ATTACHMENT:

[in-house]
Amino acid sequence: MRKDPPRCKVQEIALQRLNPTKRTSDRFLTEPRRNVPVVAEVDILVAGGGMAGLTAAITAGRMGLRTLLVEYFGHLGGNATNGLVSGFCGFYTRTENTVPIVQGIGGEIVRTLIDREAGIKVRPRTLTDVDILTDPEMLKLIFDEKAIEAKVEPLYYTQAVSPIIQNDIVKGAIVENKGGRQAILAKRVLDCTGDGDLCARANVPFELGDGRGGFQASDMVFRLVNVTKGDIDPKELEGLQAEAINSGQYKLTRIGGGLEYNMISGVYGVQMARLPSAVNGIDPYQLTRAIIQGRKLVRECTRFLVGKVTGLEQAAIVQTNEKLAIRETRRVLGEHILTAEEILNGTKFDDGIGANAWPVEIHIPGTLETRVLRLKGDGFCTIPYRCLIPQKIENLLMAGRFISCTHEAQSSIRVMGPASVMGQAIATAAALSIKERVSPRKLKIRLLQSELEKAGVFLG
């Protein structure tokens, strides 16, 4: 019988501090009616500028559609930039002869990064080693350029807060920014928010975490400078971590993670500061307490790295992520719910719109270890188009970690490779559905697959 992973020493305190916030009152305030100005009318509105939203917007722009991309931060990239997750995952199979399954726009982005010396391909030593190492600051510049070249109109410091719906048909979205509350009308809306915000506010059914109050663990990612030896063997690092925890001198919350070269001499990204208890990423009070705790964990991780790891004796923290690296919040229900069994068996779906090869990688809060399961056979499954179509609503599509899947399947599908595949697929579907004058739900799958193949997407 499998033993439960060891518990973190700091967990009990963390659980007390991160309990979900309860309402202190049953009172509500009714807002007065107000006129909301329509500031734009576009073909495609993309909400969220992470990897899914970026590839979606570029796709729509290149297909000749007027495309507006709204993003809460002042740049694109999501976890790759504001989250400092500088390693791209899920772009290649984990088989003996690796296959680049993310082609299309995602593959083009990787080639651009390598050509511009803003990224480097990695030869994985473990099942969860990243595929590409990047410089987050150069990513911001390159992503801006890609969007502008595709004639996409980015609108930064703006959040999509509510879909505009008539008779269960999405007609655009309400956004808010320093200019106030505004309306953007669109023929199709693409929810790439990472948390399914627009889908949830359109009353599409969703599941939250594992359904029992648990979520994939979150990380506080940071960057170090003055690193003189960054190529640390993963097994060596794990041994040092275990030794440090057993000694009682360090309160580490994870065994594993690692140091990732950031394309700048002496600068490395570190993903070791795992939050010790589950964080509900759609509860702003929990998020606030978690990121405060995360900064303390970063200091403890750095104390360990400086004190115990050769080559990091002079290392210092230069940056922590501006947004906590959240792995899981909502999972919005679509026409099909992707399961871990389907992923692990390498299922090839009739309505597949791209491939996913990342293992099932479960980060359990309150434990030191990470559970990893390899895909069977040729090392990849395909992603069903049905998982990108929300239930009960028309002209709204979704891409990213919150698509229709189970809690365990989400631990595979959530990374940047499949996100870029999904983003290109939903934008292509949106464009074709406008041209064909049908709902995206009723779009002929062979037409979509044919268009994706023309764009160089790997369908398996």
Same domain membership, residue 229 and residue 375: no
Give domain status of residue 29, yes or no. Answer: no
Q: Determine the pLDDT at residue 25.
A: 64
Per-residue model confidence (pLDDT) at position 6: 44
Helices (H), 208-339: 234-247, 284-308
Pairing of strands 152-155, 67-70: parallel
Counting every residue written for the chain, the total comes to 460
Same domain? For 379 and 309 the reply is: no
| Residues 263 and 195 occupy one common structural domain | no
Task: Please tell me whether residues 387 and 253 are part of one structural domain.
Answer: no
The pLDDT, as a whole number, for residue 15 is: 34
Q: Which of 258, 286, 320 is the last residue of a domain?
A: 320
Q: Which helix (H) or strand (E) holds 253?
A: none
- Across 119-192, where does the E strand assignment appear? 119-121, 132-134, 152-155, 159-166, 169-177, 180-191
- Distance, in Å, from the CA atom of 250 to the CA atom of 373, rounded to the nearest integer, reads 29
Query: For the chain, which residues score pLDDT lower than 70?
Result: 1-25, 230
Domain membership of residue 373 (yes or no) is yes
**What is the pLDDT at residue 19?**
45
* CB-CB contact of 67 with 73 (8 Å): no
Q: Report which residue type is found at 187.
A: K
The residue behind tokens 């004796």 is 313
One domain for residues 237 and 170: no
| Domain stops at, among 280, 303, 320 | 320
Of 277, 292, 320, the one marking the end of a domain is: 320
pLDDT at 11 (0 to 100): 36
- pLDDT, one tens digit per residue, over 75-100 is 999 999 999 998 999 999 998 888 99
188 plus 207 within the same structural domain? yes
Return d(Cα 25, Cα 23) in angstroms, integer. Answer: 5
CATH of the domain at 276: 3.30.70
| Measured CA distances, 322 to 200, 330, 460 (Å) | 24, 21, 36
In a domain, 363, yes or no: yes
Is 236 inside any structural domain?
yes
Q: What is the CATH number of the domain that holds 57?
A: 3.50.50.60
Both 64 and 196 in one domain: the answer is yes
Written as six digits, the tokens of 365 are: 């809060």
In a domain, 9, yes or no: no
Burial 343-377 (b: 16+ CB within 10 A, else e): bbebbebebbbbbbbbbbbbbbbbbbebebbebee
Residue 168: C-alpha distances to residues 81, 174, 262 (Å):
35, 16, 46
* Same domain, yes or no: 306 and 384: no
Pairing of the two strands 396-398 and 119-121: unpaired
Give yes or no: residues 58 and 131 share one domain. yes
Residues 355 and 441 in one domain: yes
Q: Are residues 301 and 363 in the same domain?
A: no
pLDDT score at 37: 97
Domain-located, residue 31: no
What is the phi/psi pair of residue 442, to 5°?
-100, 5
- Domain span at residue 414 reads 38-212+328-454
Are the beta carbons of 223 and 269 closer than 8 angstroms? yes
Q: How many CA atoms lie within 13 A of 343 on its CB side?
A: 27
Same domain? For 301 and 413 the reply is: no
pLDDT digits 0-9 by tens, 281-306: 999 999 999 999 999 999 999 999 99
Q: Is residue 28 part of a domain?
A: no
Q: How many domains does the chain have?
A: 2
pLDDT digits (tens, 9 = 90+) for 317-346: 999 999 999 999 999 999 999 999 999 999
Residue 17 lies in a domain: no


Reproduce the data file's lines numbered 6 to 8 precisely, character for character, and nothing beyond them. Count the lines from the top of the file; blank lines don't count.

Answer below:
Q: Determine the pLDDT at residue 25.
A: 64
Per-residue model confidence (pLDDT) at position 6: 44